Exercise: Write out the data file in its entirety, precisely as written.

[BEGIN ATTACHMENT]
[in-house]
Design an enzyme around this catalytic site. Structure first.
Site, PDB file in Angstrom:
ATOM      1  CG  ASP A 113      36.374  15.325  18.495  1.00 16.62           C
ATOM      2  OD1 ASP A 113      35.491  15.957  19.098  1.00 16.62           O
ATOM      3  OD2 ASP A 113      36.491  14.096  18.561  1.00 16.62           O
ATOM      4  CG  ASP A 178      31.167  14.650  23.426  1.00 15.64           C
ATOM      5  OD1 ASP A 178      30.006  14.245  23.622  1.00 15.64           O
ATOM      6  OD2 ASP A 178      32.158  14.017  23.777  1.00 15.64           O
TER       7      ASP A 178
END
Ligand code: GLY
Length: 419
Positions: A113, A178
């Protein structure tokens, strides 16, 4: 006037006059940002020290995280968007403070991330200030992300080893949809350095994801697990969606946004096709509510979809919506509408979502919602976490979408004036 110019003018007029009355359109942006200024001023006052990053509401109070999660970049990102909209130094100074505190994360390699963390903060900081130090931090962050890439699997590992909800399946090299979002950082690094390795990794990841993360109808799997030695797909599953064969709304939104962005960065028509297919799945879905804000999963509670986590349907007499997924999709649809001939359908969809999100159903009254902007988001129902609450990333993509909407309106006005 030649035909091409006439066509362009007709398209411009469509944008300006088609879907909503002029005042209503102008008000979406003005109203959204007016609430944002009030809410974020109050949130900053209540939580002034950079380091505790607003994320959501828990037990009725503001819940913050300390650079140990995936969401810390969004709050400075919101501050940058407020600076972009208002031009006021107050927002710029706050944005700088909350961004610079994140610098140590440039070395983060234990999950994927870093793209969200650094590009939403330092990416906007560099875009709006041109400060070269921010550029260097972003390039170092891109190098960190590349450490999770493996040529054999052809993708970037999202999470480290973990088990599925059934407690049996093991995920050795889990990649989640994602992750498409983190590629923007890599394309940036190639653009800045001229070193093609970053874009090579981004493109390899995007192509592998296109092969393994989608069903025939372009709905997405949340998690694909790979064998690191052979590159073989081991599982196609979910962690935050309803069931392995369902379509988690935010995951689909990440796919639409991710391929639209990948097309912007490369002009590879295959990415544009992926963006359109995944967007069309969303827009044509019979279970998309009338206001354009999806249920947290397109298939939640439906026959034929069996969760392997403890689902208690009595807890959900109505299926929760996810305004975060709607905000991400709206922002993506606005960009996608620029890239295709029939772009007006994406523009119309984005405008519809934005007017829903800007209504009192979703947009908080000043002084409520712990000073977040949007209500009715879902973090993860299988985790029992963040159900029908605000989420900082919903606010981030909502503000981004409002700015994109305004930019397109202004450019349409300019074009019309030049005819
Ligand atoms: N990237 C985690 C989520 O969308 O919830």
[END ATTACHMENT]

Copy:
[in-house]
Design an enzyme around this catalytic site. Structure first.
Site, PDB file in Angstrom:
ATOM      1  CG  ASP A 113      36.374  15.325  18.495  1.00 16.62           C
ATOM      2  OD1 ASP A 113      35.491  15.957  19.098  1.00 16.62           O
ATOM      3  OD2 ASP A 113      36.491  14.096  18.561  1.00 16.62           O
ATOM      4  CG  ASP A 178      31.167  14.650  23.426  1.00 15.64           C
ATOM      5  OD1 ASP A 178      30.006  14.245  23.622  1.00 15.64           O
ATOM      6  OD2 ASP A 178      32.158  14.017  23.777  1.00 15.64           O
TER       7      ASP A 178
END
Ligand code: GLY
Length: 419
Positions: A113, A178
């Protein structure tokens, strides 16, 4: 006037006059940002020290995280968007403070991330200030992300080893949809350095994801697990969606946004096709509510979809919506509408979502919602976490979408004036 110019003018007029009355359109942006200024001023006052990053509401109070999660970049990102909209130094100074505190994360390699963390903060900081130090931090962050890439699997590992909800399946090299979002950082690094390795990794990841993360109808799997030695797909599953064969709304939104962005960065028509297919799945879905804000999963509670986590349907007499997924999709649809001939359908969809999100159903009254902007988001129902609450990333993509909407309106006005 030649035909091409006439066509362009007709398209411009469509944008300006088609879907909503002029005042209503102008008000979406003005109203959204007016609430944002009030809410974020109050949130900053209540939580002034950079380091505790607003994320959501828990037990009725503001819940913050300390650079140990995936969401810390969004709050400075919101501050940058407020600076972009208002031009006021107050927002710029706050944005700088909350961004610079994140610098140590440039070395983060234990999950994927870093793209969200650094590009939403330092990416906007560099875009709006041109400060070269921010550029260097972003390039170092891109190098960190590349450490999770493996040529054999052809993708970037999202999470480290973990088990599925059934407690049996093991995920050795889990990649989640994602992750498409983190590629923007890599394309940036190639653009800045001229070193093609970053874009090579981004493109390899995007192509592998296109092969393994989608069903025939372009709905997405949340998690694909790979064998690191052979590159073989081991599982196609979910962690935050309803069931392995369902379509988690935010995951689909990440796919639409991710391929639209990948097309912007490369002009590879295959990415544009992926963006359109995944967007069309969303827009044509019979279970998309009338206001354009999806249920947290397109298939939640439906026959034929069996969760392997403890689902208690009595807890959900109505299926929760996810305004975060709607905000991400709206922002993506606005960009996608620029890239295709029939772009007006994406523009119309984005405008519809934005007017829903800007209504009192979703947009908080000043002084409520712990000073977040949007209500009715879902973090993860299988985790029992963040159900029908605000989420900082919903606010981030909502503000981004409002700015994109305004930019397109202004450019349409300019074009019309030049005819
Ligand atoms: N990237 C985690 C989520 O969308 O919830």